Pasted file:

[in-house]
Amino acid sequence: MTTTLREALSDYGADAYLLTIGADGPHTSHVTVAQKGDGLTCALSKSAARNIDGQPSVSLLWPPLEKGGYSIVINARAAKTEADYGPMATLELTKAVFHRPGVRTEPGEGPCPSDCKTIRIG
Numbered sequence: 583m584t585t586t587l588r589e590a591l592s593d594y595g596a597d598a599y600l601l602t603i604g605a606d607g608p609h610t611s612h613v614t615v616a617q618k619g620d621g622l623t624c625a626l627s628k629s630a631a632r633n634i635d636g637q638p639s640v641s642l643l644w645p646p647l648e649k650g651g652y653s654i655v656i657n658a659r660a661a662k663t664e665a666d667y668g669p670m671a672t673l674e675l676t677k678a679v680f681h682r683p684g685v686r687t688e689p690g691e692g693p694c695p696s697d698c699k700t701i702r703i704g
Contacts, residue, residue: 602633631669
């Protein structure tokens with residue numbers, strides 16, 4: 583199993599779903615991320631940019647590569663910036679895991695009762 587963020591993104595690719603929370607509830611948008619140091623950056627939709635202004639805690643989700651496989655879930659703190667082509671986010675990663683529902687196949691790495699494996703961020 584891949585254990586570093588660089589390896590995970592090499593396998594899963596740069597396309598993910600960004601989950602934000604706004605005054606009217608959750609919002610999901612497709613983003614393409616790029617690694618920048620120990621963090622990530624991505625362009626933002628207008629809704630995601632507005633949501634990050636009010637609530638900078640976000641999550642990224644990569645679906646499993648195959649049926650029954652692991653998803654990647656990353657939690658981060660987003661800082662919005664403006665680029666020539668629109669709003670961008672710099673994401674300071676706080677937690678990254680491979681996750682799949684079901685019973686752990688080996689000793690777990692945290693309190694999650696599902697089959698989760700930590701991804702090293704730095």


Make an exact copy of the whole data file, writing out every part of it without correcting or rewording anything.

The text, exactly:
[in-house]
Amino acid sequence: MTTTLREALSDYGADAYLLTIGADGPHTSHVTVAQKGDGLTCALSKSAARNIDGQPSVSLLWPPLEKGGYSIVINARAAKTEADYGPMATLELTKAVFHRPGVRTEPGEGPCPSDCKTIRIG
Numbered sequence: 583m584t585t586t587l588r589e590a591l592s593d594y595g596a597d598a599y600l601l602t603i604g605a606d607g608p609h610t611s612h613v614t615v616a617q618k619g620d621g622l623t624c625a626l627s628k629s630a631a632r633n634i635d636g637q638p639s640v641s642l643l644w645p646p647l648e649k650g651g652y653s654i655v656i657n658a659r660a661a662k663t664e665a666d667y668g669p670m671a672t673l674e675l676t677k678a679v680f681h682r683p684g685v686r687t688e689p690g691e692g693p694c695p696s697d698c699k700t701i702r703i704g
Contacts, residue, residue: 602633631669
């Protein structure tokens with residue numbers, strides 16, 4: 583199993599779903615991320631940019647590569663910036679895991695009762 587963020591993104595690719603929370607509830611948008619140091623950056627939709635202004639805690643989700651496989655879930659703190667082509671986010675990663683529902687196949691790495699494996703961020 584891949585254990586570093588660089589390896590995970592090499593396998594899963596740069597396309598993910600960004601989950602934000604706004605005054606009217608959750609919002610999901612497709613983003614393409616790029617690694618920048620120990621963090622990530624991505625362009626933002628207008629809704630995601632507005633949501634990050636009010637609530638900078640976000641999550642990224644990569645679906646499993648195959649049926650029954652692991653998803654990647656990353657939690658981060660987003661800082662919005664403006665680029666020539668629109669709003670961008672710099673994401674300071676706080677937690678990254680491979681996750682799949684079901685019973686752990688080996689000793690777990692945290693309190694999650696599902697089959698989760700930590701991804702090293704730095």